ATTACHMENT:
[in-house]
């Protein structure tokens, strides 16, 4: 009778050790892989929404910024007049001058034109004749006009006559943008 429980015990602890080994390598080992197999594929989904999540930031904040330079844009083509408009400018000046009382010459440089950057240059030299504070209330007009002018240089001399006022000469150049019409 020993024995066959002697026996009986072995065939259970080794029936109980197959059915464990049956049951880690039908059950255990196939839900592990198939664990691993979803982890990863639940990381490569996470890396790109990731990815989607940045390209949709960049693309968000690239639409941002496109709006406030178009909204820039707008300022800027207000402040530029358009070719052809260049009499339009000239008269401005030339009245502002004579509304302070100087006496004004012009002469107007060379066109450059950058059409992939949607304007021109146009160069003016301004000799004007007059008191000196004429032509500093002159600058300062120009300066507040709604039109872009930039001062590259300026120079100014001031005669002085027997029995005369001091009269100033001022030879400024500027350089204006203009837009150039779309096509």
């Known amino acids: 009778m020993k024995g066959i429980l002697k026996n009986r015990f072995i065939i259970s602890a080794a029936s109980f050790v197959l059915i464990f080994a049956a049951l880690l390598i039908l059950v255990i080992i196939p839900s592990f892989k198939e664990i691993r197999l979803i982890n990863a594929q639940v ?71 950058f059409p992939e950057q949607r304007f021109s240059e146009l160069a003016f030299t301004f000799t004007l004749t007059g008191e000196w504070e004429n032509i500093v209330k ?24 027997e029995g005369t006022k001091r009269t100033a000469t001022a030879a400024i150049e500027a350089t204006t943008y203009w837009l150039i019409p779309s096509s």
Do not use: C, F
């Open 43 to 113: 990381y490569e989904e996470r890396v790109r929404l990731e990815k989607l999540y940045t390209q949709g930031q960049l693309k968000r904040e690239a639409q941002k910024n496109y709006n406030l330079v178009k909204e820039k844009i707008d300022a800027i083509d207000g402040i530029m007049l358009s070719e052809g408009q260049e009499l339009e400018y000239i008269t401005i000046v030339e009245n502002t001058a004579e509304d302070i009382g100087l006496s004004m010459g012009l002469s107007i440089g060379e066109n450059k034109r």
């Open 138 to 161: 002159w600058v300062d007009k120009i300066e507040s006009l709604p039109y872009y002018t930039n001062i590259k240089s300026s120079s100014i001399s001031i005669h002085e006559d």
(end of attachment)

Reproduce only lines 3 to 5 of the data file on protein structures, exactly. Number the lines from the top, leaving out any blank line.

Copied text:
């Known amino acids: 009778m020993k024995g066959i429980l002697k026996n009986r015990f072995i065939i259970s602890a080794a029936s109980f050790v197959l059915i464990f080994a049956a049951l880690l390598i039908l059950v255990i080992i196939p839900s592990f892989k198939e664990i691993r197999l979803i982890n990863a594929q639940v ?71 950058f059409p992939e950057q949607r304007f021109s240059e146009l160069a003016f030299t301004f000799t004007l004749t007059g008191e000196w504070e004429n032509i500093v209330k ?24 027997e029995g005369t006022k001091r009269t100033a000469t001022a030879a400024i150049e500027a350089t204006t943008y203009w837009l150039i019409p779309s096509s």
Do not use: C, F
């Open 43 to 113: 990381y490569e989904e996470r890396v790109r929404l990731e990815k989607l999540y940045t390209q949709g930031q960049l693309k968000r904040e690239a639409q941002k910024n496109y709006n406030l330079v178009k909204e820039k844009i707008d300022a800027i083509d207000g402040i530029m007049l358009s070719e052809g408009q260049e009499l339009e400018y000239i008269t401005i000046v030339e009245n502002t001058a004579e509304d302070i009382g100087l006496s004004m010459g012009l002469s107007i440089g060379e066109n450059k034109r």